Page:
If you needed a reason to become bearish on the stock market, perhaps the best one appeared on the front cover of USA Today last month…

On the cover, the headline read, “5 Wall Street Heavyweights say ‘It’s Time To Get Back Into Stocks.'”

Yes, this is a signal to get bearish… not bullish. Why should you disagree with “heavyweights” who make millions of dollars on Wall Street?

Let’s be clear about something. Wall Street brokerage firms and their so-called research departments and asset-allocation models are absolutely, positively worthless to you. They’re best at destroying value for investors, not creating it.

[ad#Google Adsense]So when they say it’s time to get back into stocks, it really means they believe they can sell investors new stock fund products because the broad market sentiment is bullish enough. They hear the ducks quacking, and they plan to feed them. When everyone wants stocks, it’s a sign there’s too much speculation in the market… and you should be cautious.

Another sign of speculation is investors are becoming more and more bullish on stocks… even though stocks have soared since March 2009 and are now overvalued. Mark Hulbert tracks the bullish and bearish sentiment of newsletters. When all the newsletter editors agree, it’s usually a sign that whatever trend they agree on is over.

Right now, Hulbert says stock market sentiment among newsletter writers is “disturbingly high,” meaning way too bullish. In his most recent MarketWatch column, Hulbert says the current level of wildly bullish sentiment is one “on which market declines typically thrive.”

Hulbert also reports corporate insiders are selling stock at their highest rate since early 2007… just months prior to the market’s all-time peak in October 2007.

Ned Davis Research also tracks investor sentiment through its Crowd Sentiment Poll. The poll is currently at 69% bullish, which Ned Davis Research describes as “Excessive Bullishness.”

Excessive optimism and speculation produces excessive, dangerous valuations. And this market is overvalued by every measure you can find. I use three such measures: price/earnings (P/E) ratios, dividend yields, and the ratio of the stock market to GDP. All three tell me to avoid the overwhelming majority of stocks.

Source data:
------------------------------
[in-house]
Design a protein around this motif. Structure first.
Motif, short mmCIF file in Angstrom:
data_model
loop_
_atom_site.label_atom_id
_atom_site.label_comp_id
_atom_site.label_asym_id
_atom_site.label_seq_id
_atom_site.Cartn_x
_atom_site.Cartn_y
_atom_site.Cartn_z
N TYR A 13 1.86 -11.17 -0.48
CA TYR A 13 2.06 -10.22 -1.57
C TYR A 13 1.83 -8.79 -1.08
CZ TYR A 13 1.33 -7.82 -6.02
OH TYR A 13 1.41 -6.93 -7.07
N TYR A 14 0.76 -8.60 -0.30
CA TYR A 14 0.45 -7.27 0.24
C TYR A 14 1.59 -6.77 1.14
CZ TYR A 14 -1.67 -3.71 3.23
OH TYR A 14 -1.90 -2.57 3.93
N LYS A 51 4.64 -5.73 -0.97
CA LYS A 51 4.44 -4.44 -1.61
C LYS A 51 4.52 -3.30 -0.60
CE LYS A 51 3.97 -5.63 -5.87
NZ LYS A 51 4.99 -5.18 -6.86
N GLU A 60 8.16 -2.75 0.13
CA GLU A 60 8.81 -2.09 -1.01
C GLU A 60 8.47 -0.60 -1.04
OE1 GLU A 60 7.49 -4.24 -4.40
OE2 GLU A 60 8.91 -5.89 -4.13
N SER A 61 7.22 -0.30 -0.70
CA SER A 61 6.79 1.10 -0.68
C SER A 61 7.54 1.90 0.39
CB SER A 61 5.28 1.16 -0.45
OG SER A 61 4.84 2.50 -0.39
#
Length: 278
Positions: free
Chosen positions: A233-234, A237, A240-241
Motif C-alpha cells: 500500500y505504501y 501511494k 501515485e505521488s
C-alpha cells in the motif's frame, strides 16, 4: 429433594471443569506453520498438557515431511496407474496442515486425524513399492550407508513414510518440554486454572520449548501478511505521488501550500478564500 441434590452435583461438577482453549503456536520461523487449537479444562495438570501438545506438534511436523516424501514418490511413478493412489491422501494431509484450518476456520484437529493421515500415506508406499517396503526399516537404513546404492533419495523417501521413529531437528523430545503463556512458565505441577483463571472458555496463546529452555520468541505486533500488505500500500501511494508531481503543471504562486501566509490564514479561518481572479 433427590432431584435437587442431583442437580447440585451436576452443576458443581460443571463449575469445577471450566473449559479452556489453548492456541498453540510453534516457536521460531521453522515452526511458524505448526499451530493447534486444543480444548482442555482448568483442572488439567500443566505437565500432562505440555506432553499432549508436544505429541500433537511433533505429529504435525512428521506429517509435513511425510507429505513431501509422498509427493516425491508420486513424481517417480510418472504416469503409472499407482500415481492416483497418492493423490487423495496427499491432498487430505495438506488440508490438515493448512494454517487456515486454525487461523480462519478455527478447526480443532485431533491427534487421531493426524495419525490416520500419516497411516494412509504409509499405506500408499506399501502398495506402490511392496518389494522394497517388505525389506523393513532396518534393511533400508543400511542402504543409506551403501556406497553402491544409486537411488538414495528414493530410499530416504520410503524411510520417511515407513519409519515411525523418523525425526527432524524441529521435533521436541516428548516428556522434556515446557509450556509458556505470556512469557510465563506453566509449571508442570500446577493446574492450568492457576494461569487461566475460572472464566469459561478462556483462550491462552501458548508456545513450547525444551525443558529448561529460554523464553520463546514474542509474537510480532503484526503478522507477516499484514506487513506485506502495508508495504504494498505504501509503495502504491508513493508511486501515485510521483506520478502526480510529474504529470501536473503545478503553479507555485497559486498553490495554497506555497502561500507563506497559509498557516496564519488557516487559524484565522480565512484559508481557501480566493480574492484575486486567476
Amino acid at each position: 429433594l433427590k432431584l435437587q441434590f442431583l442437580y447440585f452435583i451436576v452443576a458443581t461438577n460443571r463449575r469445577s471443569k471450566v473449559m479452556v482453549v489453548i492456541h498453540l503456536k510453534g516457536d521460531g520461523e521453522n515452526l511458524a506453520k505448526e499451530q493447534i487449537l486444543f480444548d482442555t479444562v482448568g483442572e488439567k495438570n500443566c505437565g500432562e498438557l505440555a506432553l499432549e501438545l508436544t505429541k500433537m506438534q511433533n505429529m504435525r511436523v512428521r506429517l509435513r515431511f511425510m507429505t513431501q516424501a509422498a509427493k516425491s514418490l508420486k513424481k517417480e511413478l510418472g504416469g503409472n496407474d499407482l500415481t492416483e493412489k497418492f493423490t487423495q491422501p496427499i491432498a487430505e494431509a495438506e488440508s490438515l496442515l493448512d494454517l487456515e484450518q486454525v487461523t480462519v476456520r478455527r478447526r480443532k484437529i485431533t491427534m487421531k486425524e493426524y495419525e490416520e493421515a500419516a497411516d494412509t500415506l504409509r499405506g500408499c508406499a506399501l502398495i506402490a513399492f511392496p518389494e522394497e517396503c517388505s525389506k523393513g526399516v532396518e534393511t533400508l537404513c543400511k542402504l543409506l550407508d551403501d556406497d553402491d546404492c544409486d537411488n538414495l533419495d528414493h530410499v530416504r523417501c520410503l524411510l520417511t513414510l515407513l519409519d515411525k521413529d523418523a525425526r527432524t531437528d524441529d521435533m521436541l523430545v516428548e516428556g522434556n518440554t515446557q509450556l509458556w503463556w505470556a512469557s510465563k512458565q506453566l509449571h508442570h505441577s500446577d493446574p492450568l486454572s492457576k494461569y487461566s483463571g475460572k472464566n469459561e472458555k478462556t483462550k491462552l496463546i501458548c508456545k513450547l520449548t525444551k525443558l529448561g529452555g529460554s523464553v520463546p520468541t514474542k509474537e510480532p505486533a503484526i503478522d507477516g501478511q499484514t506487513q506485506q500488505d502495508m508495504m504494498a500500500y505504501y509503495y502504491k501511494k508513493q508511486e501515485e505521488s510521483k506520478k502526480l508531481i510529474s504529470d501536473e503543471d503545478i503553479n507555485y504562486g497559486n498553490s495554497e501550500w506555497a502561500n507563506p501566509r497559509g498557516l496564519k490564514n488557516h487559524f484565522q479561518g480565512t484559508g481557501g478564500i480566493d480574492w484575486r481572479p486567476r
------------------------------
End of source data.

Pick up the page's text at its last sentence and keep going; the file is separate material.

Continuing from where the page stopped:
The U.S. stock market is trading at around 18 times earnings. That means the average U.S. stock portfolio bought today might double your money in 18 years (with a good crash or two in between). I don’t have that long to wait, so I’ll pass.

Stocks are yielding about 1.85%. Dividends on a basket of U.S. stocks bought today will pay back your initial investment in 54 years. I’m 49. I’ll be 103 in 54 years. Again, I don’t have that long to wait. So I’ll pass (unless I can get huge dividend growth, in which case I’ll buy all I can get if the price is right).

In addition to P/E ratios and dividend yields, I also use a favorite indicator of one of the world’s greatest investors, Warren Buffett (who learned it from his mentor, Ben Graham). The U.S.’s GDP is about $14.75 trillion. The Wilshire 5000 index contains about 98% of U.S. stocks by market cap. If you add the missing 2% to the Wilshire, the U.S. market is worth about $14.9 trillion.

So the U.S. stock market is now priced higher than the entire output of the U.S. economy. That’s like saying the entire U.S. economy consists of nothing but a few thousand publicly traded companies. Stocks aren’t truly undervalued until the market is around 80%-85% of GDP. At 100%-plus, they’re absurdly expensive.

The best way to handle an overpriced, overly bullish stock market is to hold a large chunk of cash in your account. In other words, it’s a horrible time to buy almost any conventional stock or bond. It’s an especially bad time to own the great majority of the standard income-producing securities.

This isn’t exciting or fun. It’s not the glamorous “2011 investment guide” you’re seeing everywhere else… But I believe sticking with only the safest blue-chip dividend paying stocks – and holding plenty of cash and gold – is better than losing a big chunk of money in a dangerous market.

Good investing,

— Dan Ferris

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Source:  Daily Wealth